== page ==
Tibetan Buddhism includes schools such as Nyingma, Kadampa, Kagyu and Gelug. Their primary canon of literature is divided in two broad categories: The Kangyur, which consists of Buddha’s words, and the Tengyur, which includes commentaries from various sources. Esotericism and tantra techniques (vajrayāna) are collected indepently.
Biology (plants and animals)Source: Google Books: CRC World Dictionary (Regional names)
Vastra in India is the name of a plant defined with Cinnamomum tamala in various botanical sources. This page contains potential references in Ayurveda, modern medicine, and other folk traditions or local practices It has the synonym Laurus tamala Buch.-Ham. (among others).
Example references for further research on medicinal uses or toxicity (see latin names for full list):
· FBI (1886)
· Botanica expeditior (1760)
· Transactions of the Linnean Society of London (1822)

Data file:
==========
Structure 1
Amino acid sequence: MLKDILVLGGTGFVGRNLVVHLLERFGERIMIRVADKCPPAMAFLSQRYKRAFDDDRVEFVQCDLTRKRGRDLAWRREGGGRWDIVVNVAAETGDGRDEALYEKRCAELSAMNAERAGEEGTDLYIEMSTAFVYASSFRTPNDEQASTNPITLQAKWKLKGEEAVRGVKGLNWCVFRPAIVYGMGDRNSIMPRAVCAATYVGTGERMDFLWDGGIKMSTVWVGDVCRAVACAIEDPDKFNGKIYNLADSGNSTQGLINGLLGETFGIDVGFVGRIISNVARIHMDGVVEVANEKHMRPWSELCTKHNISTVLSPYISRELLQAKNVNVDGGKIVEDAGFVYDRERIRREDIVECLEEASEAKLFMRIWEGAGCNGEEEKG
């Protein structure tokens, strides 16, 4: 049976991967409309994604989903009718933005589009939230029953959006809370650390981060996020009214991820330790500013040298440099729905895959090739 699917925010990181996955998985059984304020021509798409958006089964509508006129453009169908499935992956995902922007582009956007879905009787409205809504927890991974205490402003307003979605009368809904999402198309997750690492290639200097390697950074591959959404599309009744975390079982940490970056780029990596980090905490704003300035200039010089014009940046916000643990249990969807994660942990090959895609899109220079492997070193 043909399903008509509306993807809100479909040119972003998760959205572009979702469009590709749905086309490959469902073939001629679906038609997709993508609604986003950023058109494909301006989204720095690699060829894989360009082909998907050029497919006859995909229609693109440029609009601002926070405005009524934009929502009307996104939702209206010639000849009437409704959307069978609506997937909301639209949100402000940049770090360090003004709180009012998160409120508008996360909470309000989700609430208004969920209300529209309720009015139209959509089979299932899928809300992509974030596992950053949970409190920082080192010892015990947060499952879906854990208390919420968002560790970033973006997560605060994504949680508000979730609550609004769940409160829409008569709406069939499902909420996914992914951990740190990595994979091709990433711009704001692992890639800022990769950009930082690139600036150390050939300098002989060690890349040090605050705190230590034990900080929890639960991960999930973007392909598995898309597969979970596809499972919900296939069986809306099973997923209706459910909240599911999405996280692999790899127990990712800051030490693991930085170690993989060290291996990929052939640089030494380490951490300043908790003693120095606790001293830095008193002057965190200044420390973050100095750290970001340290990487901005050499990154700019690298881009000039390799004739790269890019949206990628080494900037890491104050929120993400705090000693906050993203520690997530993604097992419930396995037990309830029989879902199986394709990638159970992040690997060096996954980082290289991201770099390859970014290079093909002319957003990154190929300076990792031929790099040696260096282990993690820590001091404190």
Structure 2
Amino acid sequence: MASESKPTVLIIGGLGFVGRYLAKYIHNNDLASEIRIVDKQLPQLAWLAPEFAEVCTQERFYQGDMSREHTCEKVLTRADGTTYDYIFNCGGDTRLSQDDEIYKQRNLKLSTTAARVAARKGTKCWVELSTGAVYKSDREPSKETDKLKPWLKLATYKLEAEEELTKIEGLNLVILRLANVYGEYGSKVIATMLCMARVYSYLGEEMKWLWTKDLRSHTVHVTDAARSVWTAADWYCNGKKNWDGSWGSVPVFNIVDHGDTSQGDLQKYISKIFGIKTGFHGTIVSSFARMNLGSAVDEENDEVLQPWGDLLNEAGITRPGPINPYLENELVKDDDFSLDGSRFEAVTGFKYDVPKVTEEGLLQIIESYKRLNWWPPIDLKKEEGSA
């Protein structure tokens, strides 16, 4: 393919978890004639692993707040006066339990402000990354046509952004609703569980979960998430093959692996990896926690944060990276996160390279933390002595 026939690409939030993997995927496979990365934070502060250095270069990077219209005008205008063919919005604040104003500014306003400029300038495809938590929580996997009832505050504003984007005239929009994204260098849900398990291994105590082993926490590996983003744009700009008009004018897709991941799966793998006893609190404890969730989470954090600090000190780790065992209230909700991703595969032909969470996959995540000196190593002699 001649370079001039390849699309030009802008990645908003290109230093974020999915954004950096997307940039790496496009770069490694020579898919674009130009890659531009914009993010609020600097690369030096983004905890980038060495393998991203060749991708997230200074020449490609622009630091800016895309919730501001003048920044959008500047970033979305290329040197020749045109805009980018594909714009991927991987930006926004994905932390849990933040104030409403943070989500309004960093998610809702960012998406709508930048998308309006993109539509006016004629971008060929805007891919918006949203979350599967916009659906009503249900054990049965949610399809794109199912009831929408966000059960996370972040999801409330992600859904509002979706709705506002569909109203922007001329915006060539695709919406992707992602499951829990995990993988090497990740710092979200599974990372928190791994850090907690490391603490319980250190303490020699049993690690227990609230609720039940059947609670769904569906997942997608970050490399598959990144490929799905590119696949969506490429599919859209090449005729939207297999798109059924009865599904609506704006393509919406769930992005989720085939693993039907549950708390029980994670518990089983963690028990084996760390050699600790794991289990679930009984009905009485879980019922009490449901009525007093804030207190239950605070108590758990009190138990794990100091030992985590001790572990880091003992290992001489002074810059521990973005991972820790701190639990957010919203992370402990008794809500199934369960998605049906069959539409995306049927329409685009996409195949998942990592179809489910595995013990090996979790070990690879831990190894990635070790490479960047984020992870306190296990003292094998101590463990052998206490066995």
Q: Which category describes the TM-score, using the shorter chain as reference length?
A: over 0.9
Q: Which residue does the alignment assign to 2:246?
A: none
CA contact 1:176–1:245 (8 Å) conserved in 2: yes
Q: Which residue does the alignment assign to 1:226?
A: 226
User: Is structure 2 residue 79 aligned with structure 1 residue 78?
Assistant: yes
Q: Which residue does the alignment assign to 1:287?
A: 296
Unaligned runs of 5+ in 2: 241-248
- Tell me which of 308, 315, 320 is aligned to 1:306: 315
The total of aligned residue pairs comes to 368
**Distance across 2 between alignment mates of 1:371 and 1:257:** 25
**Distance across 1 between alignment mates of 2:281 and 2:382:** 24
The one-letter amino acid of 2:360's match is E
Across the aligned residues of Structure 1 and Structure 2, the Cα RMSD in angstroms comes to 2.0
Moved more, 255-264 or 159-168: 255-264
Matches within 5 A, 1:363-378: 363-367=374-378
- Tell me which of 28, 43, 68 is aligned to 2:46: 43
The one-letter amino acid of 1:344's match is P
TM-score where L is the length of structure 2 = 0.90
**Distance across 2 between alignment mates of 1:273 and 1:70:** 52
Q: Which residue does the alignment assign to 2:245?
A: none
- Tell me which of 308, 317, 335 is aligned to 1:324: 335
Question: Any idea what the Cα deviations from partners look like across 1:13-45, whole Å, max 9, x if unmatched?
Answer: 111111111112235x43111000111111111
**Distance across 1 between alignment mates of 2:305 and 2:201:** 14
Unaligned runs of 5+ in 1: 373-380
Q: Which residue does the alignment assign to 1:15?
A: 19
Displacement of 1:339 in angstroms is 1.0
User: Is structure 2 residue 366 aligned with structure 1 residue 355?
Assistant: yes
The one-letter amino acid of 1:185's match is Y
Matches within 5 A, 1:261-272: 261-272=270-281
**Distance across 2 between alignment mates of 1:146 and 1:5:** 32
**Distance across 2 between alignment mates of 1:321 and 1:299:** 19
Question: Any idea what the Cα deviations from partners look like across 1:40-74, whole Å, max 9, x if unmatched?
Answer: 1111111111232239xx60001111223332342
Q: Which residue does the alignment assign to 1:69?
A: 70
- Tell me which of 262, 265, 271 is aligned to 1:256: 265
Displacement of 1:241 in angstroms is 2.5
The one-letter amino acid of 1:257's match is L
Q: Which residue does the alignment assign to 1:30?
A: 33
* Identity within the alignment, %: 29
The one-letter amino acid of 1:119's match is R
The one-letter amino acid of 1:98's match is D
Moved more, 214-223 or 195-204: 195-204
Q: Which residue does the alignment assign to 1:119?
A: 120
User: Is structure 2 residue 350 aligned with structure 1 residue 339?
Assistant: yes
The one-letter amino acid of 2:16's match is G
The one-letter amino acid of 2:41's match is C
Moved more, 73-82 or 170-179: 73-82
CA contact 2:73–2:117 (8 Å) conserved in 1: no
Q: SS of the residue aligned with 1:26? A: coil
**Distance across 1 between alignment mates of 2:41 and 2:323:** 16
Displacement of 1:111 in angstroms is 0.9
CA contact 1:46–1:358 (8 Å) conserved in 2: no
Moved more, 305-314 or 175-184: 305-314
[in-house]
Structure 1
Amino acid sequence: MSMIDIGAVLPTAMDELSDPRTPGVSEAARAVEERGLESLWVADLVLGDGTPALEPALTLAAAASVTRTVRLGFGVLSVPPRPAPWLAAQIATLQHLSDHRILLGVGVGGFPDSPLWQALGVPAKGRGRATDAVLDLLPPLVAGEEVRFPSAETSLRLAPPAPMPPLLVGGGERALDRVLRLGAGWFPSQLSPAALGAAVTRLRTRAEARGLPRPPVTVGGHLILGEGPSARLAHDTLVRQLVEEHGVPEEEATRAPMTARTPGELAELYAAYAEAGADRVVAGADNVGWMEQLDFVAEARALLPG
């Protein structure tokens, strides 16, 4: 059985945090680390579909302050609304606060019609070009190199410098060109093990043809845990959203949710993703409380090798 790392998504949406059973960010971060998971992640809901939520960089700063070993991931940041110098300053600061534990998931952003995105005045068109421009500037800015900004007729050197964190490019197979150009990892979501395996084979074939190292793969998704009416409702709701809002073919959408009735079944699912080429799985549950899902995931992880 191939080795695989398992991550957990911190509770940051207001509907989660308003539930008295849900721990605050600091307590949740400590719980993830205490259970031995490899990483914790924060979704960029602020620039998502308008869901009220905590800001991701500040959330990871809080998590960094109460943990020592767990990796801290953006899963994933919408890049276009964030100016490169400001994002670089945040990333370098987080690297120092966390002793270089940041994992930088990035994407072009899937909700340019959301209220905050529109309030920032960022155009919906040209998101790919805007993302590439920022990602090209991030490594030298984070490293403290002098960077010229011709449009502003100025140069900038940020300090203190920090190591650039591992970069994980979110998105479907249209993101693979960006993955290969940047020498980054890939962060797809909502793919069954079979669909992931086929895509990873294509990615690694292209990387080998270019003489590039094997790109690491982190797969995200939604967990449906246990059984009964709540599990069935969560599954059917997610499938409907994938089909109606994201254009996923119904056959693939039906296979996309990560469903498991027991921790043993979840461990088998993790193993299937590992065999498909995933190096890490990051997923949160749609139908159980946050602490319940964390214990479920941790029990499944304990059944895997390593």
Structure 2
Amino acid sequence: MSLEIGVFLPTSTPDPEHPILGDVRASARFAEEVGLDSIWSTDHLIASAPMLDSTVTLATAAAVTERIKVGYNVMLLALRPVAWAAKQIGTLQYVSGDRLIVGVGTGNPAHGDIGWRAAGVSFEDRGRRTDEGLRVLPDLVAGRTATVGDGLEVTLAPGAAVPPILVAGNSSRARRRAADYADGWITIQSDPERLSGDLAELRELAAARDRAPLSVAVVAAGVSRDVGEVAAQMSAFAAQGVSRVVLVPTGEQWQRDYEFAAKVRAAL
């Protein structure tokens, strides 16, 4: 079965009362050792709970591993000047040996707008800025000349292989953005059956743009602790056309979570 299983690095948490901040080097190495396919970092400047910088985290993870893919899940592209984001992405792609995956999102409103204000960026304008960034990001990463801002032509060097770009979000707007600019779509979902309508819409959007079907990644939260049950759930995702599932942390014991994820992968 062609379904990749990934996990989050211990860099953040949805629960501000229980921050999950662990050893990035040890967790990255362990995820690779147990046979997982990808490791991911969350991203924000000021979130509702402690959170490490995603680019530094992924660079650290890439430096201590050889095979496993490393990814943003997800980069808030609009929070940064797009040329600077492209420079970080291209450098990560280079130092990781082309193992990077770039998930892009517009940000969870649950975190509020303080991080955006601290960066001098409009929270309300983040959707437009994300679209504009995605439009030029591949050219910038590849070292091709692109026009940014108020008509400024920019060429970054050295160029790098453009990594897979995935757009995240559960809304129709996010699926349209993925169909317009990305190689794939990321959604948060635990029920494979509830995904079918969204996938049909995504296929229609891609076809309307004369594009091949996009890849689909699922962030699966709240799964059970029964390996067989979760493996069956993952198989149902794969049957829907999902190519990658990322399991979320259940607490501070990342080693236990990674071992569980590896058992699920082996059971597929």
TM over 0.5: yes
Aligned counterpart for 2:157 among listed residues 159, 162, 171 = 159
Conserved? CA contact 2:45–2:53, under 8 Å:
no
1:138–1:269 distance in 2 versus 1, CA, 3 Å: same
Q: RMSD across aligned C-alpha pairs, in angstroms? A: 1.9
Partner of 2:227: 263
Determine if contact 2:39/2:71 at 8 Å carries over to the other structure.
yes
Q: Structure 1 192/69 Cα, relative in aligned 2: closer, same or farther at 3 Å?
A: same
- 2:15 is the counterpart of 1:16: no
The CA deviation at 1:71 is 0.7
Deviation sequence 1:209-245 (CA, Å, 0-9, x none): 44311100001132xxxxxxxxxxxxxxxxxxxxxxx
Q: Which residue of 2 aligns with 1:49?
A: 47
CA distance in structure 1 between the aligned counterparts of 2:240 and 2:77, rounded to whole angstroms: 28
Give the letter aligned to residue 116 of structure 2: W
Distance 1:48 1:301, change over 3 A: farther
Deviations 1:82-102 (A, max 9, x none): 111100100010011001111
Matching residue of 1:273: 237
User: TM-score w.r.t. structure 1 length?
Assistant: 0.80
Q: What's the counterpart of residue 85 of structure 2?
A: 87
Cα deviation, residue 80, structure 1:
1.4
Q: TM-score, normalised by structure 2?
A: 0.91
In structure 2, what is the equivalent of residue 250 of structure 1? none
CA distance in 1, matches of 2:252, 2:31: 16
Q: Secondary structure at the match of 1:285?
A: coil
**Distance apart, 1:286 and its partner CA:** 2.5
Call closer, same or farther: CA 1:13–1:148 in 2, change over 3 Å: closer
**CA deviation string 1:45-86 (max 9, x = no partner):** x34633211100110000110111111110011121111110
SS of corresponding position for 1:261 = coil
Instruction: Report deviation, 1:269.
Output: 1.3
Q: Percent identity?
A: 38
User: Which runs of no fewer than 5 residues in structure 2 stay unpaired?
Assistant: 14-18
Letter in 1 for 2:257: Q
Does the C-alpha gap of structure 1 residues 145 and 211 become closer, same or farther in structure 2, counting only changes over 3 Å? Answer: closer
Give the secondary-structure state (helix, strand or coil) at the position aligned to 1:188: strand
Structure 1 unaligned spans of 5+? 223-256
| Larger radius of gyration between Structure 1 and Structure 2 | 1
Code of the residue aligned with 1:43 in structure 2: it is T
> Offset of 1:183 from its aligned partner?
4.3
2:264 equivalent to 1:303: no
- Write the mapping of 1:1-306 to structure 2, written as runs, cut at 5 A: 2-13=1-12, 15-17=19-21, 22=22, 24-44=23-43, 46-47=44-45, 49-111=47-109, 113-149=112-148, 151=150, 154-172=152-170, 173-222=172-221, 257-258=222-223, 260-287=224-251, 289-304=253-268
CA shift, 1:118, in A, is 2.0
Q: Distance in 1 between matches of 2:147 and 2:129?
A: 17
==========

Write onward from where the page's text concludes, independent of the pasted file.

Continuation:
· Handbuch der medicinisch-pharmaceutischen Botanik (1831)
· Species Plantarum (1753)
If you are looking for specific details regarding Vastra, for example pregnancy safety, diet and recipes, extract dosage, chemical composition, health benefits, side effects, have a look at these references.
This sections includes definitions from the five kingdoms of living things: Animals, Plants, Fungi, Protists and Monera. It will include both the official binomial nomenclature (scientific names usually in Latin) as well as regional spellings and variants.
Languages of India and abroad
Marathi-English dictionarySource: DDSA: The Molesworth Marathi and English Dictionary
vastra (वस्त्र).—n (S) Cloth: also a cloth. 2 An article of apparel or raiment: also apparel, dress, clothes. Pr.lābha pāñcāñcā āṇi vastra dāhācēṃ Descriptive of a fop,--one who, earning five rupees, spends ten upon his attire. ēkā vastrānēṃ nighaṇēṃ See the phrase ēkā aṅgavastrānēṃ nighaṇēṃ. kāḷīṃ vastrēṃ dēṇēṃ To give black articles of apparel (śēlā, pāgōṭēṃ &c.) in intimation of dismissal (as by a king to a minister &c.) Hence To dismiss or discharge generally. vastra hōṇēṃ in. con. To get a good appointment or place: also, ironically, to be dismissed from a good place. vastrāntara hōṇēṃ g.of s. To shift or change one's dress.